Philip Horkman is a happy man-the owner of a pet store called The Wine Shop, and on Sundays a referee for kids’ soccer. Jeffrey Peckerman is the sole sane person in a world filled with goddamned jerks and morons, and he’s having a really bad day. The two of them are about to collide in a swiftly escalating series of events that will send them running for their lives, pursued by the police, soldiers, terrorists, subversives, bears, and a man dressed as Chuck E. Cheese.
The True Meaning Of Smekday / Adam Rex
When twelve-year-old Gratuity (“Tip”) Tucci is assigned to write five pages on “The True Meaning of Smekday” for the National Time Capsule contest, she’s not sure where to begin. When her mom started telling everyone about the messages aliens were sending through a mole on the back of her neck? Maybe on Christmas Eve, when huge, bizarre spaceships descended on the Earth and the aliens – called Boov – abducted her mother? Or when the Boov declared Earth a colony, renamed it “Smekland” (in honor of glorious Captain Smek), and forced all Americans to relocate to Florida via rocketpod?
In any case, Gratuity’s story is much, much bigger than the assignment. It involves her unlikely friendship with a renegade Boov mechanic named J.Lo.; a futile journey south to find Gratuity’s mother at the Happy Mouse Kingdom; a cross-country road trip in a hovercar called Slushious; and an outrageous plan to save the Earth from yet another alien invasion. (Age Level: 8 and up)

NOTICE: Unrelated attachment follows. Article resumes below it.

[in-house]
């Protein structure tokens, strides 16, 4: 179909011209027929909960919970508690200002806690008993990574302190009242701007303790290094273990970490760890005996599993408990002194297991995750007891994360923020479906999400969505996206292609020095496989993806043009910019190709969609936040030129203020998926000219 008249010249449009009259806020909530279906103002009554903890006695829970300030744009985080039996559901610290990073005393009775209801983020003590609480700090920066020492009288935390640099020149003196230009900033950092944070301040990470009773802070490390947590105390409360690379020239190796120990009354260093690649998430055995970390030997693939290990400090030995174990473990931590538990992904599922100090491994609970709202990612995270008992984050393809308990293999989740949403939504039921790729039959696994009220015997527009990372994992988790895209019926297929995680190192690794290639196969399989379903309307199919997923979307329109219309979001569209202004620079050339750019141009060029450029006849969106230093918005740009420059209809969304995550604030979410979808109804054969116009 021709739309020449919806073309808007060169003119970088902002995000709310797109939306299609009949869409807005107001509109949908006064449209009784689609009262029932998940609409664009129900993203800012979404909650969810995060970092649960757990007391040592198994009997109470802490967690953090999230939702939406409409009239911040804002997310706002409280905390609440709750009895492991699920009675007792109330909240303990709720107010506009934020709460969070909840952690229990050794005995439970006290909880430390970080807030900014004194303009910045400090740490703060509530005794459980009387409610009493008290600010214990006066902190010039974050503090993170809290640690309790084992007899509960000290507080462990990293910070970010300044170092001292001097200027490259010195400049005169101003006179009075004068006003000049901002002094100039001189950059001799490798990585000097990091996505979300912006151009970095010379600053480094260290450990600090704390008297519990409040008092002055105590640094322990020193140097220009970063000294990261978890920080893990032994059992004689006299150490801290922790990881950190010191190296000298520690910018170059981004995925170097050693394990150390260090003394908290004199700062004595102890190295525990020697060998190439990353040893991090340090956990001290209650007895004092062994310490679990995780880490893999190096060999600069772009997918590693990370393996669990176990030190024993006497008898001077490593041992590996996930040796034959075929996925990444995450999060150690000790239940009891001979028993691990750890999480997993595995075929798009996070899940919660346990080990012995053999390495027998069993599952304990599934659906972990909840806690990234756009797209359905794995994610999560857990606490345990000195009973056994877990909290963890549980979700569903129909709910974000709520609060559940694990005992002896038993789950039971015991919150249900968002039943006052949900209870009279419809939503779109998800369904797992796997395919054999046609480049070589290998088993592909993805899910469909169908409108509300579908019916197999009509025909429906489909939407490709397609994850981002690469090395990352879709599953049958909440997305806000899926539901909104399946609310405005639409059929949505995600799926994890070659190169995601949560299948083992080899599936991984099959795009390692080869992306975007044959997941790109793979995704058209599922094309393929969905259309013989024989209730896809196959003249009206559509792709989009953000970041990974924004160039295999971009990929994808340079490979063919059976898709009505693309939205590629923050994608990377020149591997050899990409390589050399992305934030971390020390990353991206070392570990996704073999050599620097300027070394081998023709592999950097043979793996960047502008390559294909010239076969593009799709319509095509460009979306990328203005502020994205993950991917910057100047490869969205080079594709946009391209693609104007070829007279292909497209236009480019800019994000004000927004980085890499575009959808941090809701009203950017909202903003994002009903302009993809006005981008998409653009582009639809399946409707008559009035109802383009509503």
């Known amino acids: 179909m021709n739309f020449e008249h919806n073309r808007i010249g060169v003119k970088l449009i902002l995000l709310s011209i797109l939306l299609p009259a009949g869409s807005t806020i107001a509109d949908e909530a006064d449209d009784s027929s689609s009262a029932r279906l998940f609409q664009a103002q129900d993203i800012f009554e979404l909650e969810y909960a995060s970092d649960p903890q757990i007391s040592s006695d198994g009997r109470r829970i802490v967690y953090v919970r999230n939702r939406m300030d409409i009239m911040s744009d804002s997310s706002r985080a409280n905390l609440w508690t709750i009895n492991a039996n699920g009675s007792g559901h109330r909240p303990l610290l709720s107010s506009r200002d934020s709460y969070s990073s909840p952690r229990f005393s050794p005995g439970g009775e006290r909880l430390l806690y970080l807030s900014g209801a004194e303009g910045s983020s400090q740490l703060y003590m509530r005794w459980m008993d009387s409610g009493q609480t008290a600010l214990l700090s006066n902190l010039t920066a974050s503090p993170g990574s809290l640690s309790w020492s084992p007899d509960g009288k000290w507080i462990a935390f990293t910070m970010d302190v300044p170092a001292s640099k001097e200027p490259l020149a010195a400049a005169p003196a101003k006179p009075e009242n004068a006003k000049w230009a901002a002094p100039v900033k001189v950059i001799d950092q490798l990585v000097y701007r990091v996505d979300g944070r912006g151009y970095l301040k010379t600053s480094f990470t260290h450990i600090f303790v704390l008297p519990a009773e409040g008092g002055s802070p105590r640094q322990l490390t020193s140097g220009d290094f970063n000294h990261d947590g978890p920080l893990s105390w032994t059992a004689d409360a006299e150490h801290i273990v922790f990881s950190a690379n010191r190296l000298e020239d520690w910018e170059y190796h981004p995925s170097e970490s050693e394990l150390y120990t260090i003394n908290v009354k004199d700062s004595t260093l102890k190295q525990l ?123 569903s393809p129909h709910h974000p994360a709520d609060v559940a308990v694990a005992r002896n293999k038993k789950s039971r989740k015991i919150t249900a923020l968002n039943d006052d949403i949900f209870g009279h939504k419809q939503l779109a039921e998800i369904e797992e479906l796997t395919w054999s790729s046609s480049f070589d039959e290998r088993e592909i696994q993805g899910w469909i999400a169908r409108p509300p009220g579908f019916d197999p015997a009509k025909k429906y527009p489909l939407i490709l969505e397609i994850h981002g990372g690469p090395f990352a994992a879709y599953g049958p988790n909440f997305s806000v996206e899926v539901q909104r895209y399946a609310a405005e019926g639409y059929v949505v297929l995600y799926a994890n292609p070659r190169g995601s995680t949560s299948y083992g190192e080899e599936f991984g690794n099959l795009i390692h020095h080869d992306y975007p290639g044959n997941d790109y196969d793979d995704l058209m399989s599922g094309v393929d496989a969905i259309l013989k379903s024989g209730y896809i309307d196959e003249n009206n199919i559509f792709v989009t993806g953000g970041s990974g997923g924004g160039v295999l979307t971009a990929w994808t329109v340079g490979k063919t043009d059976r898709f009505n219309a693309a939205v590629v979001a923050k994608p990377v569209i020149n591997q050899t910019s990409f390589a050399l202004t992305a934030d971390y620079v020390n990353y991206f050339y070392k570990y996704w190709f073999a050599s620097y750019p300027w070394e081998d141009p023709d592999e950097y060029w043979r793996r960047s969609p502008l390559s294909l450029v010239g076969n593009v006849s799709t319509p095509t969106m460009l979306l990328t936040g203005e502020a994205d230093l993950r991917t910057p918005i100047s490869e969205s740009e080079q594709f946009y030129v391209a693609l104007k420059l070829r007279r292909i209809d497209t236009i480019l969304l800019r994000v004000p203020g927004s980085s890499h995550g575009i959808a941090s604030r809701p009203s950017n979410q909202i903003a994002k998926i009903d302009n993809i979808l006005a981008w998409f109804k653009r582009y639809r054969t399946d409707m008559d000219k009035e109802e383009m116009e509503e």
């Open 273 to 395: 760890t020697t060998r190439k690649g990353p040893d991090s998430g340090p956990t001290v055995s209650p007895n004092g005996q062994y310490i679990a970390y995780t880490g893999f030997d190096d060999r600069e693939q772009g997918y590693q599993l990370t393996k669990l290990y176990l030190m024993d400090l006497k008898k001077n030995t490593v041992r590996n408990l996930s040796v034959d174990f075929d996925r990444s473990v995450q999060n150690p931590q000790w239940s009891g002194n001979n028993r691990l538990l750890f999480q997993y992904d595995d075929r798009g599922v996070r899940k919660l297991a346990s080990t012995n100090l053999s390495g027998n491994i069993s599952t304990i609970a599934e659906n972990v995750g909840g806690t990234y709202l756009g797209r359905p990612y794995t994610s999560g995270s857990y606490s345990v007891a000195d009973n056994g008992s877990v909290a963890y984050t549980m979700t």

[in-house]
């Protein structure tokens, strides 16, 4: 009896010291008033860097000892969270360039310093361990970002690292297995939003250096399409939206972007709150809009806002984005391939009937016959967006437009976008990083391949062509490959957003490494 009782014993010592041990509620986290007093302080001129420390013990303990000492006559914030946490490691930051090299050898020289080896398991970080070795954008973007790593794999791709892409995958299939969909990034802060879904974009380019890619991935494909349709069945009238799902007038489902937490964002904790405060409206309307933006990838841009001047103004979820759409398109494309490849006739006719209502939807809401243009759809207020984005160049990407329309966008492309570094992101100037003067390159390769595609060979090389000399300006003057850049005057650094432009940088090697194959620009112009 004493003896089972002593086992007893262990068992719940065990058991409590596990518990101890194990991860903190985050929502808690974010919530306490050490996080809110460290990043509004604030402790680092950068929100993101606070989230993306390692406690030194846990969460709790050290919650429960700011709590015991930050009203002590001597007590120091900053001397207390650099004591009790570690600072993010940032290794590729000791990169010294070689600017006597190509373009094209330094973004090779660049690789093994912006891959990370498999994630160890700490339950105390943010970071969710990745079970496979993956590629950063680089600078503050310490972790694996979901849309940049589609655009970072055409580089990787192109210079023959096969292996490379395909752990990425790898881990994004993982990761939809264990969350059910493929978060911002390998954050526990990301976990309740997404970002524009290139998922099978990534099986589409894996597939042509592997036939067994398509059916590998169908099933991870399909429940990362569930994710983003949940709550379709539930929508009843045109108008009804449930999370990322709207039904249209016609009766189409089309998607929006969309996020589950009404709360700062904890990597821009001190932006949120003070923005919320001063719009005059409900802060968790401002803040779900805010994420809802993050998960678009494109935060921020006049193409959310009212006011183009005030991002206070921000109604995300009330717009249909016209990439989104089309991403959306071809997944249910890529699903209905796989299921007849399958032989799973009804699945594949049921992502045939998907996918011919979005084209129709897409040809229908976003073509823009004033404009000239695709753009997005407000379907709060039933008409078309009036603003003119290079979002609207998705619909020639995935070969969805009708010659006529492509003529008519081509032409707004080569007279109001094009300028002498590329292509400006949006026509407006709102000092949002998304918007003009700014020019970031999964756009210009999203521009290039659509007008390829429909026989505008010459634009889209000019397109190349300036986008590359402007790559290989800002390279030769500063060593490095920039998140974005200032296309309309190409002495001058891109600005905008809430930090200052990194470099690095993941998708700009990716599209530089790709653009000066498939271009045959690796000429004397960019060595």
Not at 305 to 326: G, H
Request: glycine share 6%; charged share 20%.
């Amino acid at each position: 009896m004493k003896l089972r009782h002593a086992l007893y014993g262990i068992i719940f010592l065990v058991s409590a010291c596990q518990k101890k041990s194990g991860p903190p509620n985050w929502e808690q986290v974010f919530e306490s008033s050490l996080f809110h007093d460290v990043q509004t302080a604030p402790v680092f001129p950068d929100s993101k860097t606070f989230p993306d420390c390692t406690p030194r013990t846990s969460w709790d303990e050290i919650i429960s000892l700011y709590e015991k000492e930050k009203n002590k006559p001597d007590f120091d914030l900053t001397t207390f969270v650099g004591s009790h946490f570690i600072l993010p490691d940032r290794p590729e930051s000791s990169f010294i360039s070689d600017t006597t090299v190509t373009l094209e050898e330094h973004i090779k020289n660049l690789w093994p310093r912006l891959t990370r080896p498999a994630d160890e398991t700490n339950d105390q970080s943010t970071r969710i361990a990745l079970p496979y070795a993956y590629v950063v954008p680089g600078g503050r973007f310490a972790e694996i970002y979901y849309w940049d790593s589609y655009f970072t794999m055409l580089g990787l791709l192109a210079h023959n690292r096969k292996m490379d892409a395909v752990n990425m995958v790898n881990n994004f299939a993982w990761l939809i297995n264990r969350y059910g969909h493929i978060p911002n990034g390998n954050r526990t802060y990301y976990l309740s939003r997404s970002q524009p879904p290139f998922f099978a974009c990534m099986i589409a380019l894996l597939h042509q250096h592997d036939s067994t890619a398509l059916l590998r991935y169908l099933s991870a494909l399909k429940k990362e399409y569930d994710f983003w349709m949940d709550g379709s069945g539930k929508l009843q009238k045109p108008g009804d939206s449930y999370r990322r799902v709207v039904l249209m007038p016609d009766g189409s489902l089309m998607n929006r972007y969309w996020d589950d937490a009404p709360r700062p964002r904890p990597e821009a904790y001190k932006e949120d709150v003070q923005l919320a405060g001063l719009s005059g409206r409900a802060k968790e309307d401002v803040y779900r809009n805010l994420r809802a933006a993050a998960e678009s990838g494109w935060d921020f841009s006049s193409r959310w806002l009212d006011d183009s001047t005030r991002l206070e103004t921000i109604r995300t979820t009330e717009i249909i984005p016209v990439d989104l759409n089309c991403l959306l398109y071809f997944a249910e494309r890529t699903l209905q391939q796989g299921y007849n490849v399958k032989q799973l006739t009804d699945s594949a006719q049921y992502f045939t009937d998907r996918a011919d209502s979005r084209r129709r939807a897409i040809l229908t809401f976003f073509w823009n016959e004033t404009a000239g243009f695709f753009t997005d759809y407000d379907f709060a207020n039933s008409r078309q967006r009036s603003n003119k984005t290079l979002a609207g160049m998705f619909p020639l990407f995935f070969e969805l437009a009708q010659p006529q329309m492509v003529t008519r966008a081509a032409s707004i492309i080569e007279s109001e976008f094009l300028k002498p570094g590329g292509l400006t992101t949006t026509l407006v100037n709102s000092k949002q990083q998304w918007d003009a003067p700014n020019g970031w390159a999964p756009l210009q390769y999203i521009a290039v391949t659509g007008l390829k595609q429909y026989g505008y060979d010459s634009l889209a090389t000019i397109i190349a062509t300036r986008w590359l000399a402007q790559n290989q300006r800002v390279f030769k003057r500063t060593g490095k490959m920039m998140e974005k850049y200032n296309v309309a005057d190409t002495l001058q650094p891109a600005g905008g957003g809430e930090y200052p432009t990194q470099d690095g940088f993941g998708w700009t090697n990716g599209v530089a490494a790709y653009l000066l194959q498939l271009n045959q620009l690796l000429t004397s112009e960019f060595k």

Dead End In Norvelt / Jack Gantos
Melding the entirely true and the wildly fictional, Dead End in Norvelt is a novel about an incredible two months for a kid named Jack Gantos, whose plans for vacation excitement are shot down when he is “grounded for life” by his feuding parents, and whose nose spews bad blood at every little shock he gets. But plenty of excitement (and shocks) are coming Jack’s way once his mom loans him out to help a fiesty old neighbor with a most unusual chore—typewriting obituaries filled with stories about the people who founded his utopian town. As one obituary leads to another, Jack is launced on a strange adventure involving molten wax, Eleanor Roosevelt, twisted promises, a homemade airplane, Girl Scout cookies, a man on a trike, a dancing plague, voices from the past, Hells Angels . . . and possibly murder. Endlessly surprising, this sly, sharp-edged narrative is the author at his very best, making readers laugh out loud at the most unexpected things in a dead-funny depiction of growing up in a slightly off-kilter place where the past is present, the present is confusing, and the future is completely up in the air. (2012 Newbery Medal;Age Level: 10 and up)
Elsewhere / Will Shetterly
When Ron runs away, he ends up in Bordertown, a grim city that lies between the real world and the world of faerie, a place where elf and human gangs stalk the streets side by side, and where magic works better than technology. If the city doesn’t kill him, it just may teach him what it is to be human. (Reading level: Ages 14 and up)
Nevernever / Will Shetterly